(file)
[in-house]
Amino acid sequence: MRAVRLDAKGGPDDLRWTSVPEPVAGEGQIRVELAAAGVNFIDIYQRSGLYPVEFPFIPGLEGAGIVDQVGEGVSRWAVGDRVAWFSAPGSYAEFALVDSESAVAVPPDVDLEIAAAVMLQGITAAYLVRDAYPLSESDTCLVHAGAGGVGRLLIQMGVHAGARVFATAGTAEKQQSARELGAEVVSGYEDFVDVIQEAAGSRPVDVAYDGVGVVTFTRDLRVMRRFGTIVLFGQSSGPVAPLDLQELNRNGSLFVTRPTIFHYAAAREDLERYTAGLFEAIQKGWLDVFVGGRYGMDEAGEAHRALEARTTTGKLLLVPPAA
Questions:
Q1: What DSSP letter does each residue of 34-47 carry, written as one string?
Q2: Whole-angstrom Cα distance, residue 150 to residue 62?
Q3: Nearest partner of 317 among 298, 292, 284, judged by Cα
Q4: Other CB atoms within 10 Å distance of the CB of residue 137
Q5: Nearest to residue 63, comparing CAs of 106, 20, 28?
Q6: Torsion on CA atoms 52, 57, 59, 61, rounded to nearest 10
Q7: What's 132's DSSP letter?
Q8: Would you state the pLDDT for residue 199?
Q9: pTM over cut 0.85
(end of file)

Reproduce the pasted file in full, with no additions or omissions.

[in-house]
Amino acid sequence: MRAVRLDAKGGPDDLRWTSVPEPVAGEGQIRVELAAAGVNFIDIYQRSGLYPVEFPFIPGLEGAGIVDQVGEGVSRWAVGDRVAWFSAPGSYAEFALVDSESAVAVPPDVDLEIAAAVMLQGITAAYLVRDAYPLSESDTCLVHAGAGGVGRLLIQMGVHAGARVFATAGTAEKQQSARELGAEVVSGYEDFVDVIQEAAGSRPVDVAYDGVGVVTFTRDLRVMRRFGTIVLFGQSSGPVAPLDLQELNRNGSLFVTRPTIFHYAAAREDLERYTAGLFEAIQKGWLDVFVGGRYGMDEAGEAHRALEARTTTGKLLLVPPAA
Questions:
Q1: What DSSP letter does each residue of 34-47 carry, written as one string?
Q2: Whole-angstrom Cα distance, residue 150 to residue 62?
Q3: Nearest partner of 317 among 298, 292, 284, judged by Cα
Q4: Other CB atoms within 10 Å distance of the CB of residue 137
Q5: Nearest to residue 63, comparing CAs of 106, 20, 28?
Q6: Torsion on CA atoms 52, 57, 59, 61, rounded to nearest 10
Q7: What's 132's DSSP letter?
Q8: Would you state the pLDDT for residue 199?
Q9: pTM over cut 0.85